Caribou - Swim

The fifth album from Dan Snaith sees him herding Caribou into some very new territory. Since 2008’s Andorra he’s exchanged overpriced lager and sticky floored gigs for overpriced lager and sticky floored clubs and as a result, Swim is a brilliantly dancefloor ready, beat heavy electro soundscape. But this is Caribou. It couldn’t just be a straight forward dance album now, could it?

In the same period of time, Dan Snaith, in his early thirties, has learnt to swim. This has lead him to consider the nature of electronic music altogether. Rather than creating a dance album that feels, in his words, “like metal”, he has experimented tirelessly to create an album that feels “like water”. In real terms, this means lots of panned sounds and Doppler style surges. Swim has to be listened to on good quality headphones or really good quality speakers. It is completely 3D. The sounds swish from left to right and fly at you from miles in front. But, rather than feeling underwater, it feels quite cinematic. Like a sound art installation you can take home.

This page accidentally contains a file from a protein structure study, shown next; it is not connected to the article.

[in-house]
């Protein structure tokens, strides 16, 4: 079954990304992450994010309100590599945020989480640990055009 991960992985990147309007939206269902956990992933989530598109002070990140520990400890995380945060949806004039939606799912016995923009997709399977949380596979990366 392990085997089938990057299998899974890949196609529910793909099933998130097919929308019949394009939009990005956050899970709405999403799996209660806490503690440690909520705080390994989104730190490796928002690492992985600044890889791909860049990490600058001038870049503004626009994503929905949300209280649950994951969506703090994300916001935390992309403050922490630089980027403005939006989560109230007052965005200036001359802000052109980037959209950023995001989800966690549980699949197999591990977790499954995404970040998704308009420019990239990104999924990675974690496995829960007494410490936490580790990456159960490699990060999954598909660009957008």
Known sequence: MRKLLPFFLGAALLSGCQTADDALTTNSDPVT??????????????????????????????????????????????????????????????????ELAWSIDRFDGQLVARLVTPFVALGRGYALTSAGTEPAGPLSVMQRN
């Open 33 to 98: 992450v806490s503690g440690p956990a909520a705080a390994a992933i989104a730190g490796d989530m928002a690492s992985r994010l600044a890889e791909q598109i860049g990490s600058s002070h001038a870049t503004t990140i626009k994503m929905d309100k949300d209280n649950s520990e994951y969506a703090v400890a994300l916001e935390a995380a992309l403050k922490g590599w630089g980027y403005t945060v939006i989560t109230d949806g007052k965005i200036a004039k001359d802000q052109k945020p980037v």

Forgetting the concept for a second, the album is packed with tunes. Album opener, ‘Odessa’ could be a stand out track on a Hot Chip album and in good company on the latest Gorillaz opus. The rest of the album combines the brilliance of Booka Shade, the hypnotic K-hole of The Field and a little bit of chaos that is all Snaith’s own. The album concludes with ‘Jamelia’, a contender for the coolest song ever, with Luke Lalonde from Canada’s most underrated band, Born Ruffians, lending uncharacteristically soulful vocals.

Caribou are notoriously completely different live than on CD, but no matter what Snaith has in store, the Swim tour is set to be a real treat. Let's just hope they haven't jettisoned those two drum kits.



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